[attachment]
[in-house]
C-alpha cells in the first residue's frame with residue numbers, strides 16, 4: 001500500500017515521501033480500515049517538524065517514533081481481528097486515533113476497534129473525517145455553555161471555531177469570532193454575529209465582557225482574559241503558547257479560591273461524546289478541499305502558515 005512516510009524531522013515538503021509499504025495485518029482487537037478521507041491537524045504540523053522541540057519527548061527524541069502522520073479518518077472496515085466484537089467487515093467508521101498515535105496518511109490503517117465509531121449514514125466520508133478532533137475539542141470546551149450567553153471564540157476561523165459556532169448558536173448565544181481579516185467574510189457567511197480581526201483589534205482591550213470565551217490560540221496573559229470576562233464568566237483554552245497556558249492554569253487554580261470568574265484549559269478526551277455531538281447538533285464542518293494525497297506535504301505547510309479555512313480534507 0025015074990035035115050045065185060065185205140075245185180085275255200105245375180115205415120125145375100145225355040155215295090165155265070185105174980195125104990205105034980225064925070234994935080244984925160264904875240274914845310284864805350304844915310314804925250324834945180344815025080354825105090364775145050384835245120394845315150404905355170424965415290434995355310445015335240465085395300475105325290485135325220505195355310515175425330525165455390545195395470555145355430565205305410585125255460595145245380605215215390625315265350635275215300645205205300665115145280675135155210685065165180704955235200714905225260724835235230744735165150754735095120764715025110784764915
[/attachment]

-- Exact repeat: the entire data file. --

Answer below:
[in-house]
C-alpha cells in the first residue's frame with residue numbers, strides 16, 4: 001500500500017515521501033480500515049517538524065517514533081481481528097486515533113476497534129473525517145455553555161471555531177469570532193454575529209465582557225482574559241503558547257479560591273461524546289478541499305502558515 005512516510009524531522013515538503021509499504025495485518029482487537037478521507041491537524045504540523053522541540057519527548061527524541069502522520073479518518077472496515085466484537089467487515093467508521101498515535105496518511109490503517117465509531121449514514125466520508133478532533137475539542141470546551149450567553153471564540157476561523165459556532169448558536173448565544181481579516185467574510189457567511197480581526201483589534205482591550213470565551217490560540221496573559229470576562233464568566237483554552245497556558249492554569253487554580261470568574265484549559269478526551277455531538281447538533285464542518293494525497297506535504301505547510309479555512313480534507 0025015074990035035115050045065185060065185205140075245185180085275255200105245375180115205415120125145375100145225355040155215295090165155265070185105174980195125104990205105034980225064925070234994935080244984925160264904875240274914845310284864805350304844915310314804925250324834945180344815025080354825105090364775145050384835245120394845315150404905355170424965415290434995355310445015335240465085395300475105325290485135325220505195355310515175425330525165455390545195395470555145355430565205305410585125255460595145245380605215215390625315265350635275215300645205205300665115145280675135155210685065165180704955235200714905225260724835235230744735165150754735095120764715025110784764915